Education

Makerere explains use of mobile money to pay students’ allowances

Customers carry out transactions at a mobile money tent. Students sponsored by the government at Makerere have been asked to register their mobile numbers to receive allowances through the mobile wallet system.

Makerere University bursar Augustine Tamale has explained that the new system of paying Living Out Allowance (LOA) to government sponsored students through mobile money and not bank accounts was a directive from government.

According to Tamale, all government institutions were instructed to use Integrated Financial Management System (IFMS), a process that requires the user to have a Tax Identification Number (TIN).

“Since our students stay here for less time and and most of them don’t have TINs, we decided to use E-wallet, where one’s money is sent directly to their phone. If they want it on bank accounts, they can easily transfer from mobile money to the bank accounts,” Tamale said.

However, most members of Makerere University Government Students Association (Mugosa) have defied the new system. Godfrey Bainomugisha, a second year student, saysthe association should sue the institution.

“Why don’t we sue the university? This system of mobile money won’t work.

When did it start? It seems these guys have partnered with those telecom companies to steal our money which we won’t allow?” Bainomugisha vowed.

For Christine Awor, also a member of Mugosa, the university is not being considerate because her line is not registered in her name.

But the outgoing Guild President Paul Kato, in a WhatsApp message to Mugosa members, said the new system should be embraced.

“Members, this shouldn’t scare you. There is a new payment system which has been rolled out in all government institutions, Makerere inclusive.  Payment is called E-wallet [where] money goes directly to one’s Mobile money account,” Kato said.

For his part, the President Mugosa, Patrick Sseremba, despite sharp criticism from the students, insisted that there is no option other than going with the new directive.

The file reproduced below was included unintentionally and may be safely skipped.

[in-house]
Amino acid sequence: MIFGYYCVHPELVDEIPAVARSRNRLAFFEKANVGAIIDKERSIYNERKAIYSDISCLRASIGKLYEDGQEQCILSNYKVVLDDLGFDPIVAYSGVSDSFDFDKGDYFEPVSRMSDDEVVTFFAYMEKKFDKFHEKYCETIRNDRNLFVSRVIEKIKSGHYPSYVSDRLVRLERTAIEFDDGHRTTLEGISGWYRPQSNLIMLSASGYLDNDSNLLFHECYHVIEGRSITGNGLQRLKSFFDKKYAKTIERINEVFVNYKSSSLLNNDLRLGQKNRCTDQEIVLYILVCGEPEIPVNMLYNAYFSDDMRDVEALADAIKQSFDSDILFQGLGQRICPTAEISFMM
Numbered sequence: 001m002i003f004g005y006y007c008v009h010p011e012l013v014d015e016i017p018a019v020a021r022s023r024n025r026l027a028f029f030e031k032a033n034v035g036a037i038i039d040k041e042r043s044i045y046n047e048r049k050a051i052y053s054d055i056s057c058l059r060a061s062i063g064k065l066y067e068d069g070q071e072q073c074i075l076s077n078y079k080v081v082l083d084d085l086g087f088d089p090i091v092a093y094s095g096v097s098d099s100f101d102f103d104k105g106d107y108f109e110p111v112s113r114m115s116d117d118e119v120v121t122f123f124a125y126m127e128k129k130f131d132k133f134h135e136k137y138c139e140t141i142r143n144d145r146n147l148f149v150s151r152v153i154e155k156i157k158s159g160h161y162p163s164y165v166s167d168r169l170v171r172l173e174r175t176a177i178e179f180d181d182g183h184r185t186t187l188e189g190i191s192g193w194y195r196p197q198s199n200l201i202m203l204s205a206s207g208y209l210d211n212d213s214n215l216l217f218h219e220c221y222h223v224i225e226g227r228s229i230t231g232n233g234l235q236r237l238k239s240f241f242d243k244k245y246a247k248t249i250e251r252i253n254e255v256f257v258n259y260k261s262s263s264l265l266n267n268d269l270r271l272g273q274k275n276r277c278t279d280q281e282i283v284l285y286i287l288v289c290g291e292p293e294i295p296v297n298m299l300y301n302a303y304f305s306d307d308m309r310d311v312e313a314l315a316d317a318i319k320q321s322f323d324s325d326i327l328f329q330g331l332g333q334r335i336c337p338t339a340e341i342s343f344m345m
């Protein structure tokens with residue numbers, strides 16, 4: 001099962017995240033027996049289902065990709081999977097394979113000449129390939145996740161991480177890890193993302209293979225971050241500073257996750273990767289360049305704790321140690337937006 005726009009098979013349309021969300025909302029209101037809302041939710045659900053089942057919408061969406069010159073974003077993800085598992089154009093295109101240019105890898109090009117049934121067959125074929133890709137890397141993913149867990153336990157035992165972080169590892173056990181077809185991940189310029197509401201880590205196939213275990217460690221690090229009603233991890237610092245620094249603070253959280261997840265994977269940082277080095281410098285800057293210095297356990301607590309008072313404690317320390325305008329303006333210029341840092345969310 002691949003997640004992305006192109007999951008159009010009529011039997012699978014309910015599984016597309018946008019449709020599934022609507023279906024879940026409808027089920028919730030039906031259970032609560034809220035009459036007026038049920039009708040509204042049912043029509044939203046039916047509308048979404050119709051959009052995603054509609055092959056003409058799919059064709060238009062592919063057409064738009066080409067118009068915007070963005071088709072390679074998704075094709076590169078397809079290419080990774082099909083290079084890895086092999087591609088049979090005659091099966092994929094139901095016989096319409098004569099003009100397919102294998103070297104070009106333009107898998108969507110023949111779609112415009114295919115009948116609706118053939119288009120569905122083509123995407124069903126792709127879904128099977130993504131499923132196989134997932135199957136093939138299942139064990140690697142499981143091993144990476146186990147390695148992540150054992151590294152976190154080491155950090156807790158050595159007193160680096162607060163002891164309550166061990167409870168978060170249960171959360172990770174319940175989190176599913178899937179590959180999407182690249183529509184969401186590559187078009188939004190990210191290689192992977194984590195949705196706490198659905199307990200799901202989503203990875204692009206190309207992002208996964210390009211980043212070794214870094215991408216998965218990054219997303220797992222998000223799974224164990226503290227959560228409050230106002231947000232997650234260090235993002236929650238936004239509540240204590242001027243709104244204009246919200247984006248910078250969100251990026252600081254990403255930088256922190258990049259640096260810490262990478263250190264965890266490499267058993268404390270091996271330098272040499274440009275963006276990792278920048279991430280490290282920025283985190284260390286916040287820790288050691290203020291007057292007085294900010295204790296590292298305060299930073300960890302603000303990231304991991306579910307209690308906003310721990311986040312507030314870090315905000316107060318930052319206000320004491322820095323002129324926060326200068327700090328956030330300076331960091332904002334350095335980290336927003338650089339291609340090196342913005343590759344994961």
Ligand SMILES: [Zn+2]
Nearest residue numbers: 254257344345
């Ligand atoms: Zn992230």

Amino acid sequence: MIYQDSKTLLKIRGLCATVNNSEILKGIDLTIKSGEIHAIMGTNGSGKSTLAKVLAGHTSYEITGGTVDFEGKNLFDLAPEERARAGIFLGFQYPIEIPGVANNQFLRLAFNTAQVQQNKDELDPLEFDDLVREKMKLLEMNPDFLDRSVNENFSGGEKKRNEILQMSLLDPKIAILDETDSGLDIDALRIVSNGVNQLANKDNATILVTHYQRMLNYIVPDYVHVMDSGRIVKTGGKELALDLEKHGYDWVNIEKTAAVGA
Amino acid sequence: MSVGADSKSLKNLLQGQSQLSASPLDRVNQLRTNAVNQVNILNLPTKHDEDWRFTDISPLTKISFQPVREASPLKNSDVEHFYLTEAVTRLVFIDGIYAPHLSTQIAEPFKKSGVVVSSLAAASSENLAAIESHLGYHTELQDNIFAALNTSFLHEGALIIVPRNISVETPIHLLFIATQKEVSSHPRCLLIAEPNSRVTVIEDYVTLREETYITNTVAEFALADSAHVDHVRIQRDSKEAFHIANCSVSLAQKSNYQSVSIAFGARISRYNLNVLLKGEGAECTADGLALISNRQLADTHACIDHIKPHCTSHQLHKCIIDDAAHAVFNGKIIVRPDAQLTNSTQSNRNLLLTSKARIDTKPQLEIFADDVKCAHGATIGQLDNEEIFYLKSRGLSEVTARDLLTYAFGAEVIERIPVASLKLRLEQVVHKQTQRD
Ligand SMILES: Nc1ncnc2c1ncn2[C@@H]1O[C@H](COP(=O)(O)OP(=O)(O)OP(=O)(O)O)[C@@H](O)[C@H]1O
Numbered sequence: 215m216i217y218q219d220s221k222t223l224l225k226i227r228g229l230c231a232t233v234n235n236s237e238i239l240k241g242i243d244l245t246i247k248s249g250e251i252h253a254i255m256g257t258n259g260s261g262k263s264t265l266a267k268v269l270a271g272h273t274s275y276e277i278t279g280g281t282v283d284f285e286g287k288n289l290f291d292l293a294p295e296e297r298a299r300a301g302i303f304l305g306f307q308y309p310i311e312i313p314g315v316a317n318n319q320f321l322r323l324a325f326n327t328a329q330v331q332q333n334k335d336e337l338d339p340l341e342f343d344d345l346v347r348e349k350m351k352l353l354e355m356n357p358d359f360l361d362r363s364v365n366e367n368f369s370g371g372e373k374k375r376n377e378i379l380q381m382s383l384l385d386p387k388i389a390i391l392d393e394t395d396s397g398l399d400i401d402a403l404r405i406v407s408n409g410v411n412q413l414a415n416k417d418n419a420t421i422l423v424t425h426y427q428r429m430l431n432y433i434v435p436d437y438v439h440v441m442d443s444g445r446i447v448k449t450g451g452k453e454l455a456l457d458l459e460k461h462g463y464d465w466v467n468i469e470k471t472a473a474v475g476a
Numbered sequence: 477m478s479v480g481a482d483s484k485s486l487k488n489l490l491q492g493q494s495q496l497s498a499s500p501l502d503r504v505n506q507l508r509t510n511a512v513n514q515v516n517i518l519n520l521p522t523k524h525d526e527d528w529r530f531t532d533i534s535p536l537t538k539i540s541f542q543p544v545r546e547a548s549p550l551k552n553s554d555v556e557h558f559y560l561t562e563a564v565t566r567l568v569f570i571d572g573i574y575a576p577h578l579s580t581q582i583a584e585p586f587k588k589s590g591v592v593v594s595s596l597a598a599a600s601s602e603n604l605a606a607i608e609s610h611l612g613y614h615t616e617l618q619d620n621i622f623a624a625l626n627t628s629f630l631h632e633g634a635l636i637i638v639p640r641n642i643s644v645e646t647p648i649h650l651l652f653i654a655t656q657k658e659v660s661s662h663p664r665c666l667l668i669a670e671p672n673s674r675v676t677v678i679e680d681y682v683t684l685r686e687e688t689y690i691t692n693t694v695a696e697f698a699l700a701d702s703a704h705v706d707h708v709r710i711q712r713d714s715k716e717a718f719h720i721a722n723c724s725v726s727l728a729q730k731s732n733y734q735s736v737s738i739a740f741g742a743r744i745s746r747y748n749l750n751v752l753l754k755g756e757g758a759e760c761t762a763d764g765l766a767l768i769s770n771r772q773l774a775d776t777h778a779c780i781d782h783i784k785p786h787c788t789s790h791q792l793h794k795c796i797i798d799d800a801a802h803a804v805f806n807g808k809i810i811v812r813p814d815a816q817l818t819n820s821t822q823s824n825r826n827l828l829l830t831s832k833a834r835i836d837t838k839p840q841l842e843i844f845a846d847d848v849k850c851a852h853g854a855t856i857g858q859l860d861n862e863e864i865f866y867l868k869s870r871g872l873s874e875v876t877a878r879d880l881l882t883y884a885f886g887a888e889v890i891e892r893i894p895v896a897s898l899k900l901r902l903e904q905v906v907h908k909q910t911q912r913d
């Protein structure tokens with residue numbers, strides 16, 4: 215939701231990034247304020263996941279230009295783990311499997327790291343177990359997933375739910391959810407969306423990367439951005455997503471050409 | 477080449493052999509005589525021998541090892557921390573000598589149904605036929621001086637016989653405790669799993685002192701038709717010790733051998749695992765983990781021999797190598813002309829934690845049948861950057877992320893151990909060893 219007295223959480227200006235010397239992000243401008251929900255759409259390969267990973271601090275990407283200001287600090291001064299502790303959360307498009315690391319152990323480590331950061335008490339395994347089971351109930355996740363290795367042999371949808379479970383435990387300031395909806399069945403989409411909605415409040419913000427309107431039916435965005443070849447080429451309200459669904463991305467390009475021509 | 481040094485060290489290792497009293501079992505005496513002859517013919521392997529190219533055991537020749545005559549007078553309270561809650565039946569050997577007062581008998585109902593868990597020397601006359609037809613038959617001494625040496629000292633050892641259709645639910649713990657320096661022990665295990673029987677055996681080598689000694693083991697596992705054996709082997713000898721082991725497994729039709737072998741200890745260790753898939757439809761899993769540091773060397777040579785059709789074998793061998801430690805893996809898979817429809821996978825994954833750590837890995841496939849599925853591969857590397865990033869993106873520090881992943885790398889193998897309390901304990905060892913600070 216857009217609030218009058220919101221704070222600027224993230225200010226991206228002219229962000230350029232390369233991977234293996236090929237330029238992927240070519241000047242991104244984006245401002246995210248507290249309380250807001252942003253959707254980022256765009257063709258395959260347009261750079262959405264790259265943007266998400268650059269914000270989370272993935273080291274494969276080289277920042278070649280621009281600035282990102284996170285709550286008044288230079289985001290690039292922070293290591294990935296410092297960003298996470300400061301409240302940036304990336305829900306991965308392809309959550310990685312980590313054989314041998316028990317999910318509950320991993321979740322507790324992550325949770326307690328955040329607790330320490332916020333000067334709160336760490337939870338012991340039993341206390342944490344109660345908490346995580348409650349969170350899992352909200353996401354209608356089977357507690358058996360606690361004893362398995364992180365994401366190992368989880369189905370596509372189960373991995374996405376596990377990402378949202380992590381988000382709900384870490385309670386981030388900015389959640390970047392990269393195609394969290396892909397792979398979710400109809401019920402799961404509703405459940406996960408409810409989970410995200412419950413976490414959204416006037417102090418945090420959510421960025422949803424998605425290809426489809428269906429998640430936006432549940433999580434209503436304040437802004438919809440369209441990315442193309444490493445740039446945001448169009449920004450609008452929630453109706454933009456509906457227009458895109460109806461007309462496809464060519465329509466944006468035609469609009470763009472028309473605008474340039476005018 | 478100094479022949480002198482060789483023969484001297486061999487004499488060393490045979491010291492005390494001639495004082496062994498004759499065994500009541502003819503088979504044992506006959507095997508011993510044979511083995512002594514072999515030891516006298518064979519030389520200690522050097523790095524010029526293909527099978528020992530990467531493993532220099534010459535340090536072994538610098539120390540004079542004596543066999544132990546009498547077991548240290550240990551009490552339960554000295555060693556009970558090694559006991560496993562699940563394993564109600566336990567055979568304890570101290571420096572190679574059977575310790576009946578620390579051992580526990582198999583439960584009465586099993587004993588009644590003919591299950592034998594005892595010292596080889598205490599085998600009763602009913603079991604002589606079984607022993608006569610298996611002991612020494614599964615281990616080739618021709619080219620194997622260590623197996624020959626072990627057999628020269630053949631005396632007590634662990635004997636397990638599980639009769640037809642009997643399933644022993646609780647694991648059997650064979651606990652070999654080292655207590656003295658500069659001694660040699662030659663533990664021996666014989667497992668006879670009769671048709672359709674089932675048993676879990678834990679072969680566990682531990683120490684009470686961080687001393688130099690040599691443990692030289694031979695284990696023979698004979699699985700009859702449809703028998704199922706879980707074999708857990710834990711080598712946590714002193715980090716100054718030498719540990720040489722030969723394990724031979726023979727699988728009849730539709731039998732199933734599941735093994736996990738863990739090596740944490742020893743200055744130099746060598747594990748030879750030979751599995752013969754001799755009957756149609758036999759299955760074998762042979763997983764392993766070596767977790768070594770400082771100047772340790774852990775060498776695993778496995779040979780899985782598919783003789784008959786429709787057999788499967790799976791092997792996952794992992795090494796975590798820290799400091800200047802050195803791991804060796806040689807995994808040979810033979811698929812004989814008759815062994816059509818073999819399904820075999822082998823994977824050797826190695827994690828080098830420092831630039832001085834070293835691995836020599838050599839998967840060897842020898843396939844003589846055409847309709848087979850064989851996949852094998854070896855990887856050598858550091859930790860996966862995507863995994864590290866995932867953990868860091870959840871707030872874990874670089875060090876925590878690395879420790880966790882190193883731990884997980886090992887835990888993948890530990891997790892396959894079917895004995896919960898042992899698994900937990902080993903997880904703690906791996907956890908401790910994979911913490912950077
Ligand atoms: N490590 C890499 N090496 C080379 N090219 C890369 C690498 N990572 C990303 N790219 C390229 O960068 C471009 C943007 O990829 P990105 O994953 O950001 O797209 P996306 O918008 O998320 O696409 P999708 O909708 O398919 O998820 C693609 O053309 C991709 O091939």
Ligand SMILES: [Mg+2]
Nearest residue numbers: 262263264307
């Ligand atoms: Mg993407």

The number of government sponsored students in Makerere could not be readily established, but it is estimated at  over 2,000 students.

Every semester, government-sponsored students receive money meant to cater for their meals and accommodation. Those who eat lunch from the university get about Shs 630,000 while those who do not take any meal get Shs770,000.

At Makerere, when a new academic year starts, students on government scholarship register for this allowance. After this registration that normally lasts three weeks, the university disburses the money.

However, for the second semester, no registration would be required. Students would return to campus and wait for about three weeks before receiving LOA, a process that has been abruptly changed.

But Tamale said that the students should not worry because the money is already on the university’s account and once the mobile money numbers are received, it will be sent immediately.

The Dean Of Students Cyriaco Kabagambe is yet to release an official document guiding students on how to register their numbers and also give a timeline for the process.

Every semester, government-sponsored students receive money meant to cater for their meals and accommodation. Those who eat lunch from the university get about Shs 630,000 while those who do not take any meal get Shs770,000.

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